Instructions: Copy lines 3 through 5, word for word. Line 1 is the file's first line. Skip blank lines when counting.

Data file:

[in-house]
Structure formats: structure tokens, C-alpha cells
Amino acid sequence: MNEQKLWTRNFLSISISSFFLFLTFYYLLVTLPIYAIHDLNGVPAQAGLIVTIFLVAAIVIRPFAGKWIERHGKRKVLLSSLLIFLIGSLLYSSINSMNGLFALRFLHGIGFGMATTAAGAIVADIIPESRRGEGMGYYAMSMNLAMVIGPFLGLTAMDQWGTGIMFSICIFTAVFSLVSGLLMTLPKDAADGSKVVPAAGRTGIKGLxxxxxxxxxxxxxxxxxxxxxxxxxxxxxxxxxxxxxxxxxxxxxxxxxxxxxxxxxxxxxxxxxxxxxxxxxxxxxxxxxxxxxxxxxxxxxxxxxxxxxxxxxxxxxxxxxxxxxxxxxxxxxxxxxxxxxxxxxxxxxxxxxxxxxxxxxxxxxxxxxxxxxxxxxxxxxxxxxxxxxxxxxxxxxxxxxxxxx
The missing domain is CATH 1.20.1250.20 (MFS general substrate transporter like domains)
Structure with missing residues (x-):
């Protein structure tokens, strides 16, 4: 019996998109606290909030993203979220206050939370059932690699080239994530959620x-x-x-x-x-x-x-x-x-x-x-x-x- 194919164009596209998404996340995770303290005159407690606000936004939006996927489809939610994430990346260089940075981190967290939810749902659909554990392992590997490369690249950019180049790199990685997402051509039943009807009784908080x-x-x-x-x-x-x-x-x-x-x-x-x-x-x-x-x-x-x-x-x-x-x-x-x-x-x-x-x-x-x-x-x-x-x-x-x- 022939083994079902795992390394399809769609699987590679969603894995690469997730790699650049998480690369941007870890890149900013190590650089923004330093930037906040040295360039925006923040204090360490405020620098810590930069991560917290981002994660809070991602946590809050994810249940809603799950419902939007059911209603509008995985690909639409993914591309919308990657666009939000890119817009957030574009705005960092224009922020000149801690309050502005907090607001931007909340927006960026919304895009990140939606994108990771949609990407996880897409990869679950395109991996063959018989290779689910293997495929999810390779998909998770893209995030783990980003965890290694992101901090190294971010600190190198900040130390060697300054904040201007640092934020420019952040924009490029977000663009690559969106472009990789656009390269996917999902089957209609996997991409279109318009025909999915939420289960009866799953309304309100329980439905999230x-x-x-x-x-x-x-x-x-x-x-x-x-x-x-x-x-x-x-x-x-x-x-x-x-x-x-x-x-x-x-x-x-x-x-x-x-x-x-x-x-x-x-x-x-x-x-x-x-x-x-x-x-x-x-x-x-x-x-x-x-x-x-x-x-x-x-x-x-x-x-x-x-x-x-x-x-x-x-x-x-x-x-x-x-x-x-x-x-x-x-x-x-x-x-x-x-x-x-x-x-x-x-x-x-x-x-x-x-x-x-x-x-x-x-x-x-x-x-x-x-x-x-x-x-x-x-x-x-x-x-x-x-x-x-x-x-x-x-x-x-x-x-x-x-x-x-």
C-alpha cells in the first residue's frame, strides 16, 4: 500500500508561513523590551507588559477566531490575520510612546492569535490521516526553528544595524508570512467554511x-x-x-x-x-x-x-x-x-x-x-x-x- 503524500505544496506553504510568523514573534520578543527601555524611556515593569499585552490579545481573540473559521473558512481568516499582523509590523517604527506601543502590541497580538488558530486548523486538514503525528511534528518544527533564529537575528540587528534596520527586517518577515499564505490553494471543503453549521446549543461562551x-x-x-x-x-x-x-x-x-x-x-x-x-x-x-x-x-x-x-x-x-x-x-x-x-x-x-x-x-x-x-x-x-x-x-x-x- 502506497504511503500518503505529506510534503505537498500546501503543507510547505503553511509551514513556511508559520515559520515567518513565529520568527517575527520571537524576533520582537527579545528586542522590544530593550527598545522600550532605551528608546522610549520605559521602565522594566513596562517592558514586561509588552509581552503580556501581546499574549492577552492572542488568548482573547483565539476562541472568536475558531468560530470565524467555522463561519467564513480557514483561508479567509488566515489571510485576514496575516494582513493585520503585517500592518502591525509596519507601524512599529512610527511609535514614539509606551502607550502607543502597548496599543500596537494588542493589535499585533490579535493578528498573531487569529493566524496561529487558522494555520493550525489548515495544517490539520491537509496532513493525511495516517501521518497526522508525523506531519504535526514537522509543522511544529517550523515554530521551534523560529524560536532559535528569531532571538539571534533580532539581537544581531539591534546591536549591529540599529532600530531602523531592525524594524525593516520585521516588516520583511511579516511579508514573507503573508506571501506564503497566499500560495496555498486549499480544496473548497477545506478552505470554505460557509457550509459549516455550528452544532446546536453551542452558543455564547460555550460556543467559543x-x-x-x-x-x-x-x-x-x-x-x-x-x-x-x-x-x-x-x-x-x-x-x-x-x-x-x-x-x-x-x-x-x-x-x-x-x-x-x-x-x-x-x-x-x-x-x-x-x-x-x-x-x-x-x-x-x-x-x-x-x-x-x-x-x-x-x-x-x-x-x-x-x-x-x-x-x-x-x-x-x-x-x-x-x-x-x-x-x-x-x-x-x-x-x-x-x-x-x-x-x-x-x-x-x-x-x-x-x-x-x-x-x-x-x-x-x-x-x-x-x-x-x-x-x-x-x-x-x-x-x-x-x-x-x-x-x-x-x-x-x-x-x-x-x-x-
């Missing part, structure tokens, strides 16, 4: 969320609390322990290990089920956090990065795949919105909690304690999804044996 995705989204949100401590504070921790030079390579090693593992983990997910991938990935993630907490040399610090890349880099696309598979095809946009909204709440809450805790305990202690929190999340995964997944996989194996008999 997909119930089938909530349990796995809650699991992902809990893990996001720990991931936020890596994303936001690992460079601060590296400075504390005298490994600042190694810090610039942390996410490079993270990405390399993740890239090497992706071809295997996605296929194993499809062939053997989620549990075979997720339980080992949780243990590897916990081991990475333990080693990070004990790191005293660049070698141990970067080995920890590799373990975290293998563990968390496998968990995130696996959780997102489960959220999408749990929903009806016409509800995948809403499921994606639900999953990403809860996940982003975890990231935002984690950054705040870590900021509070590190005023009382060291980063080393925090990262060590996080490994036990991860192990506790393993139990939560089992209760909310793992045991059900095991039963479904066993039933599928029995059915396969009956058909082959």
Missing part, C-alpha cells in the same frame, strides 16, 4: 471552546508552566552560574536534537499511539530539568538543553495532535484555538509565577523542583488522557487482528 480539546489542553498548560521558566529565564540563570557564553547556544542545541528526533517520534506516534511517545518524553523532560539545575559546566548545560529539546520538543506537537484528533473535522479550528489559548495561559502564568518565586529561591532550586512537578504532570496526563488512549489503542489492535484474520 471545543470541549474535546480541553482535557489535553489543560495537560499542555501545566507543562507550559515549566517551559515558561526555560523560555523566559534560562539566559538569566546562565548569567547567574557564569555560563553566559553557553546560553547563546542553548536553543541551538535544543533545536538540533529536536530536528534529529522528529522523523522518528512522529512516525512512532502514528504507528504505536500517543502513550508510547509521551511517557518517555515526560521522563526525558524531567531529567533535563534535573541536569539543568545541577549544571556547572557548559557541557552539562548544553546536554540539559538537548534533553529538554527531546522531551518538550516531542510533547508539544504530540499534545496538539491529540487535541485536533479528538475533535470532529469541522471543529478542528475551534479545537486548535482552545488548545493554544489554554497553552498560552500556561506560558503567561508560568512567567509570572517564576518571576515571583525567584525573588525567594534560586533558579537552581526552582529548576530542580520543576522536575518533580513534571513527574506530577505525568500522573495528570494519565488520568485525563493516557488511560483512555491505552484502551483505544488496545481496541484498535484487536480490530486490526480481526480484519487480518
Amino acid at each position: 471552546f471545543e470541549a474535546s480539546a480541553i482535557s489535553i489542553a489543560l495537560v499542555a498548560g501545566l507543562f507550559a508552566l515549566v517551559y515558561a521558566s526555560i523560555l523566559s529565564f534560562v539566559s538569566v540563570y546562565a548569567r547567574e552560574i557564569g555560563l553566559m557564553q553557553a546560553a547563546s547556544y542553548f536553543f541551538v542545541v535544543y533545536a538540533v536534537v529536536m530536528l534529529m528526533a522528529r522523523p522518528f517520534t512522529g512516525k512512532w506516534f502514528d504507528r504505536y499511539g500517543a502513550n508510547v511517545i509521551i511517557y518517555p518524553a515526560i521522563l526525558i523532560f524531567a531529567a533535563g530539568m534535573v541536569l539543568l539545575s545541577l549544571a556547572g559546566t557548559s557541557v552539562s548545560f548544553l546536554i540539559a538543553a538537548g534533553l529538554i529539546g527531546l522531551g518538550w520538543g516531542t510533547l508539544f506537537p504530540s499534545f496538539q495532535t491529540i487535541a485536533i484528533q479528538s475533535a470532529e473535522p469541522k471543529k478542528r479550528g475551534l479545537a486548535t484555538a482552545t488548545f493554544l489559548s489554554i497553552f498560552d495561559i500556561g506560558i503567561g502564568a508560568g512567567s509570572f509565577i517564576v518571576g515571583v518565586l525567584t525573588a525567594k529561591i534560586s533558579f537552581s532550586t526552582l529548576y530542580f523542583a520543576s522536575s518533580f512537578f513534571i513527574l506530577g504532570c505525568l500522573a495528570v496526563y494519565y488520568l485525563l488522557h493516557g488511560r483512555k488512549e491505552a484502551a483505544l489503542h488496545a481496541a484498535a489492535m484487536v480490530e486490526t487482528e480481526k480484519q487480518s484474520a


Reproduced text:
Amino acid sequence: MNEQKLWTRNFLSISISSFFLFLTFYYLLVTLPIYAIHDLNGVPAQAGLIVTIFLVAAIVIRPFAGKWIERHGKRKVLLSSLLIFLIGSLLYSSINSMNGLFALRFLHGIGFGMATTAAGAIVADIIPESRRGEGMGYYAMSMNLAMVIGPFLGLTAMDQWGTGIMFSICIFTAVFSLVSGLLMTLPKDAADGSKVVPAAGRTGIKGLxxxxxxxxxxxxxxxxxxxxxxxxxxxxxxxxxxxxxxxxxxxxxxxxxxxxxxxxxxxxxxxxxxxxxxxxxxxxxxxxxxxxxxxxxxxxxxxxxxxxxxxxxxxxxxxxxxxxxxxxxxxxxxxxxxxxxxxxxxxxxxxxxxxxxxxxxxxxxxxxxxxxxxxxxxxxxxxxxxxxxxxxxxxxxxxxxxxxx
The missing domain is CATH 1.20.1250.20 (MFS general substrate transporter like domains)
Structure with missing residues (x-):